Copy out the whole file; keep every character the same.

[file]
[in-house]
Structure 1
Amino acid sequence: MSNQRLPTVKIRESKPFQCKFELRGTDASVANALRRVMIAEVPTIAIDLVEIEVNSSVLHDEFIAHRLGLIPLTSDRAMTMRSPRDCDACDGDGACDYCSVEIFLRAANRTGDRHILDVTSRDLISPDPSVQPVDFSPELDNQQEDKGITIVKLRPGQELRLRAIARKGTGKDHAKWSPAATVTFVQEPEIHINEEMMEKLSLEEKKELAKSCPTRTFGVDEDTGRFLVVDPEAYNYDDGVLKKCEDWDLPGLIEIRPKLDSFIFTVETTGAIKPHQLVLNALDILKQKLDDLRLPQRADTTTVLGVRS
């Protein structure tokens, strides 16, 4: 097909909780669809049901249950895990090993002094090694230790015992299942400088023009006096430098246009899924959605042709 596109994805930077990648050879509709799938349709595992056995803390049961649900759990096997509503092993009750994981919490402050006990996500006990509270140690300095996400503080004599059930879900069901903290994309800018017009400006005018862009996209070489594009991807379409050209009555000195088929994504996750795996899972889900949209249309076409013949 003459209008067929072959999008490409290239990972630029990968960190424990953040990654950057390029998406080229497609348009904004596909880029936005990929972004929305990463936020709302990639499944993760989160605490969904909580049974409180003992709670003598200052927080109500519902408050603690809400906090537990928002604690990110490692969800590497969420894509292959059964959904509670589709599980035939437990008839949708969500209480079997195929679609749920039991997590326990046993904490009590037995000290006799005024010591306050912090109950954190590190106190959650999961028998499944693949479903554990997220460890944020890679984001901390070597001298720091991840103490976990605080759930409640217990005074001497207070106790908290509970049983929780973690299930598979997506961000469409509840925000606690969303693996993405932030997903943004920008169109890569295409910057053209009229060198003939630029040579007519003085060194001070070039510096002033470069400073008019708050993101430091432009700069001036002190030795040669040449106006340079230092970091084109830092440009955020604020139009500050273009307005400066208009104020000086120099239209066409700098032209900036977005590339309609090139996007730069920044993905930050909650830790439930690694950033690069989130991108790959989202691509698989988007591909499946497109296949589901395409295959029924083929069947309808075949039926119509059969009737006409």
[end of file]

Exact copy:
[in-house]
Structure 1
Amino acid sequence: MSNQRLPTVKIRESKPFQCKFELRGTDASVANALRRVMIAEVPTIAIDLVEIEVNSSVLHDEFIAHRLGLIPLTSDRAMTMRSPRDCDACDGDGACDYCSVEIFLRAANRTGDRHILDVTSRDLISPDPSVQPVDFSPELDNQQEDKGITIVKLRPGQELRLRAIARKGTGKDHAKWSPAATVTFVQEPEIHINEEMMEKLSLEEKKELAKSCPTRTFGVDEDTGRFLVVDPEAYNYDDGVLKKCEDWDLPGLIEIRPKLDSFIFTVETTGAIKPHQLVLNALDILKQKLDDLRLPQRADTTTVLGVRS
């Protein structure tokens, strides 16, 4: 097909909780669809049901249950895990090993002094090694230790015992299942400088023009006096430098246009899924959605042709 596109994805930077990648050879509709799938349709595992056995803390049961649900759990096997509503092993009750994981919490402050006990996500006990509270140690300095996400503080004599059930879900069901903290994309800018017009400006005018862009996209070489594009991807379409050209009555000195088929994504996750795996899972889900949209249309076409013949 003459209008067929072959999008490409290239990972630029990968960190424990953040990654950057390029998406080229497609348009904004596909880029936005990929972004929305990463936020709302990639499944993760989160605490969904909580049974409180003992709670003598200052927080109500519902408050603690809400906090537990928002604690990110490692969800590497969420894509292959059964959904509670589709599980035939437990008839949708969500209480079997195929679609749920039991997590326990046993904490009590037995000290006799005024010591306050912090109950954190590190106190959650999961028998499944693949479903554990997220460890944020890679984001901390070597001298720091991840103490976990605080759930409640217990005074001497207070106790908290509970049983929780973690299930598979997506961000469409509840925000606690969303693996993405932030997903943004920008169109890569295409910057053209009229060198003939630029040579007519003085060194001070070039510096002033470069400073008019708050993101430091432009700069001036002190030795040669040449106006340079230092970091084109830092440009955020604020139009500050273009307005400066208009104020000086120099239209066409700098032209900036977005590339309609090139996007730069920044993905930050909650830790439930690694950033690069989130991108790959989202691509698989988007591909499946497109296949589901395409295959029924083929069947309808075949039926119509059969009737006409």